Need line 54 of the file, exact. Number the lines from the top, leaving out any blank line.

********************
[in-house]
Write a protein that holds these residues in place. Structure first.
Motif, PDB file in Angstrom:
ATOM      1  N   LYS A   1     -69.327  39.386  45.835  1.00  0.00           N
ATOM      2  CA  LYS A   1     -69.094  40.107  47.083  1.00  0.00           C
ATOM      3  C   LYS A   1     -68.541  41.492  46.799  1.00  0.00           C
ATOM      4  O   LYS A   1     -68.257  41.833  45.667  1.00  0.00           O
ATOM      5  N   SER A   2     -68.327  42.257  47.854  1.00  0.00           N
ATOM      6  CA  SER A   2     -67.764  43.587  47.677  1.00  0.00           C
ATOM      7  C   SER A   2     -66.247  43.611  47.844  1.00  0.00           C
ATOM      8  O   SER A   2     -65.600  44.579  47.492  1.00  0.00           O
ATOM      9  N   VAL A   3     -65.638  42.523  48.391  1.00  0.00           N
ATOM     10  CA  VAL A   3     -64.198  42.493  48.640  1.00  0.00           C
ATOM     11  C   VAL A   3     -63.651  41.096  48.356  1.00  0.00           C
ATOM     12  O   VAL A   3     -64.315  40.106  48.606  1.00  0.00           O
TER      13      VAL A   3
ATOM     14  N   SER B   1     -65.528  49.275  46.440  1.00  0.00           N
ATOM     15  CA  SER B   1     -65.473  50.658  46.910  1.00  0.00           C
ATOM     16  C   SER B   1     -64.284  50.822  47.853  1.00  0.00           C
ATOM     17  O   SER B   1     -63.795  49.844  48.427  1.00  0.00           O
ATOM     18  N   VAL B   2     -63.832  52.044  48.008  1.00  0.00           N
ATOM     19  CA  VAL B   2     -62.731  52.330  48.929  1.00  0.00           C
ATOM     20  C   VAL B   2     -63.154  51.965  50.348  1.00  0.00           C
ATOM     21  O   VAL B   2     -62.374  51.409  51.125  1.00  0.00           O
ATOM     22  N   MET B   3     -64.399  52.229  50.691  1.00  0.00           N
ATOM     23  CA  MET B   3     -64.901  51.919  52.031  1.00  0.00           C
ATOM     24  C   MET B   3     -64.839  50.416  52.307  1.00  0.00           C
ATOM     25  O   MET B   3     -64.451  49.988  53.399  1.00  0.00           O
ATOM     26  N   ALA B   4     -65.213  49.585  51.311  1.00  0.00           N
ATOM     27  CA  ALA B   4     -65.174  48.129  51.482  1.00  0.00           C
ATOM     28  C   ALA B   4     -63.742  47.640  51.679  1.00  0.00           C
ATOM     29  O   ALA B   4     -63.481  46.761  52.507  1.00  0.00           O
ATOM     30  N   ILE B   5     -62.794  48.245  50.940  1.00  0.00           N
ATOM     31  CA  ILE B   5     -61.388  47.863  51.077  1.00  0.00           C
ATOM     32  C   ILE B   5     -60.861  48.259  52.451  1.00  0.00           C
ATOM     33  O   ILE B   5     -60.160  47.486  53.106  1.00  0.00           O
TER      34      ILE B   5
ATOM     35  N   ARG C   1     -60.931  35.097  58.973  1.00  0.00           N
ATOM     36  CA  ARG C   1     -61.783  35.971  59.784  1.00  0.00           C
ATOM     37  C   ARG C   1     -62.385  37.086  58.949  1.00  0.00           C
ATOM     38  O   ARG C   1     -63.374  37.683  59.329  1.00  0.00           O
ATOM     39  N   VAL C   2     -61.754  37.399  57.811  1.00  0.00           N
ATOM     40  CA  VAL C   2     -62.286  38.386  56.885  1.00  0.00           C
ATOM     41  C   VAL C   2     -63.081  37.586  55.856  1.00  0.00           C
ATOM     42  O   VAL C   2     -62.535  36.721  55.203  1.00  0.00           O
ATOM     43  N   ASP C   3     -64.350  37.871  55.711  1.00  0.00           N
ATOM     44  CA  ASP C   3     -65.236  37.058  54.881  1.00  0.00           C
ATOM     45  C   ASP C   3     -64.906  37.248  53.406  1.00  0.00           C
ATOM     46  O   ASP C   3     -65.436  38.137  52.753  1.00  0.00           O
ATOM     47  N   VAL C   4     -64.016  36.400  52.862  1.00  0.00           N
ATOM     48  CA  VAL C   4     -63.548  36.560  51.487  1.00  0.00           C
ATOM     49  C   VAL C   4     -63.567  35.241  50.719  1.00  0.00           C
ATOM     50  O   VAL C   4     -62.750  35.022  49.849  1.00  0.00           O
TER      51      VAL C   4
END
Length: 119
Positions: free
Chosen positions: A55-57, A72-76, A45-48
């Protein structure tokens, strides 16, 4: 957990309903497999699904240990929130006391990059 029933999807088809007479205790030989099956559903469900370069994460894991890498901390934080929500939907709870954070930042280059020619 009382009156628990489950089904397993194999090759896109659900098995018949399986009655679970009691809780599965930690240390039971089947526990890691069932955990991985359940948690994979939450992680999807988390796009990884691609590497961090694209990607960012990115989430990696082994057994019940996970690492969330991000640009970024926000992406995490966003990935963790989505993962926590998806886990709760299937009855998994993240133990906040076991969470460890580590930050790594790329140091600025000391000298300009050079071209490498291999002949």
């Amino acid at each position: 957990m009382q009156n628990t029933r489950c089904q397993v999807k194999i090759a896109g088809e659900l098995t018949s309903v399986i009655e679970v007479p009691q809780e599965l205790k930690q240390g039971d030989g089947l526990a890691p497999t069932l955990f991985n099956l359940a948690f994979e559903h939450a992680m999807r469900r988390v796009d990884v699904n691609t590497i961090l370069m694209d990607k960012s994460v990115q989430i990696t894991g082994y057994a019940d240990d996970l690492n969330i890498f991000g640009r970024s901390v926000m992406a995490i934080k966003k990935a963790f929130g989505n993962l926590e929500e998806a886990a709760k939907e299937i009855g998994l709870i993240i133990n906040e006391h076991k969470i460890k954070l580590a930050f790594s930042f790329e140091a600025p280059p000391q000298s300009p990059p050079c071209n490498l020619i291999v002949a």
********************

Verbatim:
TER      51      VAL C   4